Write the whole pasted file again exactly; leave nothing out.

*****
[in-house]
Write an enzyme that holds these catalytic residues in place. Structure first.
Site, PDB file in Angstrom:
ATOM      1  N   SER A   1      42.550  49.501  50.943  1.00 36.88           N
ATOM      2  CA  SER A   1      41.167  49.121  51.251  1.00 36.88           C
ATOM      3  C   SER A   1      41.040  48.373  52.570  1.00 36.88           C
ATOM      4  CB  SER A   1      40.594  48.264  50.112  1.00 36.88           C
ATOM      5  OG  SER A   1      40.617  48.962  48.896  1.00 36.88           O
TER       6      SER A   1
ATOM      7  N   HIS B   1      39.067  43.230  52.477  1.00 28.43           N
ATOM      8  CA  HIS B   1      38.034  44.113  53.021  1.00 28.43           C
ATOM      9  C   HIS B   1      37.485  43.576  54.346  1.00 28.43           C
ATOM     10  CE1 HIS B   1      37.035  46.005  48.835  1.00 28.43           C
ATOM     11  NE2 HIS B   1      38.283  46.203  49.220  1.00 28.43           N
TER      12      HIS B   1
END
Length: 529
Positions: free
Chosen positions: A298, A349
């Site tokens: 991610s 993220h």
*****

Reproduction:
[in-house]
Write an enzyme that holds these catalytic residues in place. Structure first.
Site, PDB file in Angstrom:
ATOM      1  N   SER A   1      42.550  49.501  50.943  1.00 36.88           N
ATOM      2  CA  SER A   1      41.167  49.121  51.251  1.00 36.88           C
ATOM      3  C   SER A   1      41.040  48.373  52.570  1.00 36.88           C
ATOM      4  CB  SER A   1      40.594  48.264  50.112  1.00 36.88           C
ATOM      5  OG  SER A   1      40.617  48.962  48.896  1.00 36.88           O
TER       6      SER A   1
ATOM      7  N   HIS B   1      39.067  43.230  52.477  1.00 28.43           N
ATOM      8  CA  HIS B   1      38.034  44.113  53.021  1.00 28.43           C
ATOM      9  C   HIS B   1      37.485  43.576  54.346  1.00 28.43           C
ATOM     10  CE1 HIS B   1      37.035  46.005  48.835  1.00 28.43           C
ATOM     11  NE2 HIS B   1      38.283  46.203  49.220  1.00 28.43           N
TER      12      HIS B   1
END
Length: 529
Positions: free
Chosen positions: A298, A349
């Site tokens: 991610s 993220h």